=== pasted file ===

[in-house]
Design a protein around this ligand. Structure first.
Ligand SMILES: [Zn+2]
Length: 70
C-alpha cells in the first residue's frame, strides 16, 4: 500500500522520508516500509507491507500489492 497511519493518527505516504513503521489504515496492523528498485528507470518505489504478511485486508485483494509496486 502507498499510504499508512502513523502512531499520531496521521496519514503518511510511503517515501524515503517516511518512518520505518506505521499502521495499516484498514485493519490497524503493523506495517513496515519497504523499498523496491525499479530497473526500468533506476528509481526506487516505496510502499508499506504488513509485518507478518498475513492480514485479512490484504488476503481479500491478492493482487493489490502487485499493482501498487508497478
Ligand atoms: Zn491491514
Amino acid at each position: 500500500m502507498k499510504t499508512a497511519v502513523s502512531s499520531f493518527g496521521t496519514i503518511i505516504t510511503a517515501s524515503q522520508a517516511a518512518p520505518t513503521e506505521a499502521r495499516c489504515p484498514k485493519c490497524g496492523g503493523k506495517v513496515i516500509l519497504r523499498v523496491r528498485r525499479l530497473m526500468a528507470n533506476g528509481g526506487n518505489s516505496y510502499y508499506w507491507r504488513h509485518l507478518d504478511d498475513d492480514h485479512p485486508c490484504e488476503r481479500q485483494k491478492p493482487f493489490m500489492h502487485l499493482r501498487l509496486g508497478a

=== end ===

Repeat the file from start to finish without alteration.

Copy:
[in-house]
Design a protein around this ligand. Structure first.
Ligand SMILES: [Zn+2]
Length: 70
C-alpha cells in the first residue's frame, strides 16, 4: 500500500522520508516500509507491507500489492 497511519493518527505516504513503521489504515496492523528498485528507470518505489504478511485486508485483494509496486 502507498499510504499508512502513523502512531499520531496521521496519514503518511510511503517515501524515503517516511518512518520505518506505521499502521495499516484498514485493519490497524503493523506495517513496515519497504523499498523496491525499479530497473526500468533506476528509481526506487516505496510502499508499506504488513509485518507478518498475513492480514485479512490484504488476503481479500491478492493482487493489490502487485499493482501498487508497478
Ligand atoms: Zn491491514
Amino acid at each position: 500500500m502507498k499510504t499508512a497511519v502513523s502512531s499520531f493518527g496521521t496519514i503518511i505516504t510511503a517515501s524515503q522520508a517516511a518512518p520505518t513503521e506505521a499502521r495499516c489504515p484498514k485493519c490497524g496492523g503493523k506495517v513496515i516500509l519497504r523499498v523496491r528498485r525499479l530497473m526500468a528507470n533506476g528509481g526506487n518505489s516505496y510502499y508499506w507491507r504488513h509485518l507478518d504478511d498475513d492480514h485479512p485486508c490484504e488476503r481479500q485483494k491478492p493482487f493489490m500489492h502487485l499493482r501498487l509496486g508497478a